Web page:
So, we ate Istanbul. We ate it all. Cheese, bread, mezze, rice, kebabs, rice puddings, iskender, baklava, olives. Both of us are now on a slightly more regimented eating plan that cannot be called a diet because diets are not ideally meant to include Doppelkeks and camenbert, which mine does, liberally. But travel is not travel without food. Food is the way to a country’s heart and indeed the way to mine. Istanbul had to be eaten, there was so other option.
We used the Trip Advisor Istanbul app to separate the wheat from the chaff. Istanbul is absolutely packed with restaurants and cafes, there are thousands of them, all with a persistent spruiker out the front trying to out-entice the one next door. Falter, hover, stand still for more than 2 seconds and you’re gone baby, gone; you will be seated at a table with a basket of bread and a waiter waiting to take your drink order while a cat watches belligerently from afar.
There were, of course, occasions we went off book, for example at a tiny, local pide place on one of the Princes’ Islands, which was hot, cheesy and delicious. And for lunch one day, we were sucked into this hole of rapid movements wherein we were seated and served within 20 seconds flat, huge plates of rice, meat, bread and garlic and mint yoghurt. The most notable excursion off book, however, occurred when we made the fatal error of dithering. Just down the way were two top-ten places and at the precise location we dithered was a decent looking place that seemed to be reasonably full and so in we went. Bad food, awful service and a bill that was as expensive as the two top-ten places down the way. Lesson learnt.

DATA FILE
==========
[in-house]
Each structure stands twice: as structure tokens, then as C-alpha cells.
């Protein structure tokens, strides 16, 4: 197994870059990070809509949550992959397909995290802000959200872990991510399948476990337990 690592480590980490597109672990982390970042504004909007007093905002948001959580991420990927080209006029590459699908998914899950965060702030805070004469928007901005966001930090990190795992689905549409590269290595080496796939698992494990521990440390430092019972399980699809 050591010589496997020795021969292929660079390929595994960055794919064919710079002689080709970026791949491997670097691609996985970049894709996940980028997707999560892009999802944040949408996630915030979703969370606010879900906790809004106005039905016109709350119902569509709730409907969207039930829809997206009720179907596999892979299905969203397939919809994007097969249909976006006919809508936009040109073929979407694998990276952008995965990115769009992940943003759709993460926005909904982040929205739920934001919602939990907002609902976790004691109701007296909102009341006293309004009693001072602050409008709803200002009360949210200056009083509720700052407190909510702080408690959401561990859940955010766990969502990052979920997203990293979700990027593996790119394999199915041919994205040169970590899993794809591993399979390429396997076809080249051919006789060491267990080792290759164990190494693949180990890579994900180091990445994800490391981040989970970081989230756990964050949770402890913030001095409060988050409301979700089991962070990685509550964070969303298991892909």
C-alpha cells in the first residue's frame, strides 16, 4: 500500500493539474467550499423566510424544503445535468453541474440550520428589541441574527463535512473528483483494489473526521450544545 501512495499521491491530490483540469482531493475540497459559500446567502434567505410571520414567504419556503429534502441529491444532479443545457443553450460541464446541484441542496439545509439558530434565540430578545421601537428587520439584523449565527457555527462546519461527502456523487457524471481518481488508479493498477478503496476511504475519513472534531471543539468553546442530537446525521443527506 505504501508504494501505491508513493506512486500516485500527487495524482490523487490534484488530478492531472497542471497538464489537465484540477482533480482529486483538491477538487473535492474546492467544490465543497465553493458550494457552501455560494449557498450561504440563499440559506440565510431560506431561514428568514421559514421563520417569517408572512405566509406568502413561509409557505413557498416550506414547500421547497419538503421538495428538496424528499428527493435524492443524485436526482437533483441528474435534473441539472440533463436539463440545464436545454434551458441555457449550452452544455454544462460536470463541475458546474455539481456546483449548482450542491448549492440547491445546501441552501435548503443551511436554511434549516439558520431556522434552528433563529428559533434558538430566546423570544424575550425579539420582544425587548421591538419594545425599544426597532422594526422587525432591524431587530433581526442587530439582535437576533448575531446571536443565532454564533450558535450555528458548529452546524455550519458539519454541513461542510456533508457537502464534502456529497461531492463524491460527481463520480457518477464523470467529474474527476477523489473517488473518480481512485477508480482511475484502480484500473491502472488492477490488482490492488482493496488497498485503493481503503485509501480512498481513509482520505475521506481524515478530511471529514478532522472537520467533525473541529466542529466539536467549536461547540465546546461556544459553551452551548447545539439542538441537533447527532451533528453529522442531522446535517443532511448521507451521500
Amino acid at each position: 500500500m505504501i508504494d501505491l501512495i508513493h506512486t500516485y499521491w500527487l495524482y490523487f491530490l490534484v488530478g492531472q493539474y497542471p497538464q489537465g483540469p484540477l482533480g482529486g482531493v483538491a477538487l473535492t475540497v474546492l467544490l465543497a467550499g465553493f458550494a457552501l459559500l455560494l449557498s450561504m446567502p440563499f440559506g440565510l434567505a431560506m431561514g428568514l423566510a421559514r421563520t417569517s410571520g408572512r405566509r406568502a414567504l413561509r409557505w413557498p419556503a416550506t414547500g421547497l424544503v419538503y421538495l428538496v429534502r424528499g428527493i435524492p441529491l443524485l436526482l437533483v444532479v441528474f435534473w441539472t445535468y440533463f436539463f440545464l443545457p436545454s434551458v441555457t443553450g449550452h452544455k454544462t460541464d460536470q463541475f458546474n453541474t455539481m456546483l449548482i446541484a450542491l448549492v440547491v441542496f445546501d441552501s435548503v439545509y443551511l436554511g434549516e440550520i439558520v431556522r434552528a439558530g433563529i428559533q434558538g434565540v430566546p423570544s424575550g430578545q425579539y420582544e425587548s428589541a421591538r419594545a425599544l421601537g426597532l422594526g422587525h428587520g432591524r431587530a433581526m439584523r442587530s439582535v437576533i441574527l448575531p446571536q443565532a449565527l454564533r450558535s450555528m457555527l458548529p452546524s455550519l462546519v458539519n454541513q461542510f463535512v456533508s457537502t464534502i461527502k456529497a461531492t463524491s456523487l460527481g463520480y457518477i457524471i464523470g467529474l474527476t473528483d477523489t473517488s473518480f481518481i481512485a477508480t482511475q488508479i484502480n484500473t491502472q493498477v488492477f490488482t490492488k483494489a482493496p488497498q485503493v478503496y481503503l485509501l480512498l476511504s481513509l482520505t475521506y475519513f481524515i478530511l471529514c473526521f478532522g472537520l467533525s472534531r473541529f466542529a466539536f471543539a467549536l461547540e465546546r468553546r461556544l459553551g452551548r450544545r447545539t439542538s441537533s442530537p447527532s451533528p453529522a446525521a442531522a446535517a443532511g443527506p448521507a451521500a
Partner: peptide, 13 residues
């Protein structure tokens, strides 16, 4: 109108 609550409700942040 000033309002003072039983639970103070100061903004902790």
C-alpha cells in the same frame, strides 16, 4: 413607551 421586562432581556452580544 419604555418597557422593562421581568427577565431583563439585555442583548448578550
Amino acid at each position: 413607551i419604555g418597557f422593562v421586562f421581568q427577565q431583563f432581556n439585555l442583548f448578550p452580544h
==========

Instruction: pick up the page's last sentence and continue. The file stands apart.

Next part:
The below is where we ate and drank. It goes without saying 7 days limits one to sampling a really solid amount of places, but we gave it a good crack.
Fuego’s in Sultanahmet and Cafe Mesa in Gülhane. Both serve really fresh, really good, authentic food with a smile and sans the spruiking. Aloran in Sultanahmet also serves up a mean Iskender kebab and the service is truly lovely. If you’re after a serious view and somewhere quite ‘upmarket’ (read swanky and corporate) then you can venture down to Vogue which sits high above Istanbul, down near the water. But perhaps a cocktail is enough at this place – the cocktails are good and come served with a delightful array of snacks – that’s main attraction is its view. The food isn’t anything to write home about, however the wine list is.
Solera Winery in Beyoglu. Just off Istiklal, Istanbul’s enormous shopping street that sees millions pass through everyday. The winery is down a quiet little street, away from the manic crowds and has a great wine list with a lot of Turkish wines.
Hafiz Mustafa in Sirkeci. These guys are a bit of an institution. Their shop just opposite the Sirkeci tram station is treat heaven. Floor to ceiling baklava, nougat and pudding. You can go upstairs to the cafe and drink Turkish tea with a plate of baklava or put your own box together downstairs. We went twice – both times for tea and treats upstairs with one visit resulting in a sample box for Mum. The place is almost always full of locals and tourists alike, seeking a little restoration.
I come from Sydney. We are ghastly about coffee. Annoying and whiny and snobby. We turn up our little noses at anything less than barista brewed espresso. When I read that Denizen serves the best coffee in Istanbul (as we are used to it, not the Turkish coffee) I beelined for its warm walls and availed myself of its services. Strong. Good. Full of silver haired Australian Baby Boomer travellers who had also clearly heard the same thing. They also have free wifi which is always useful when on the move.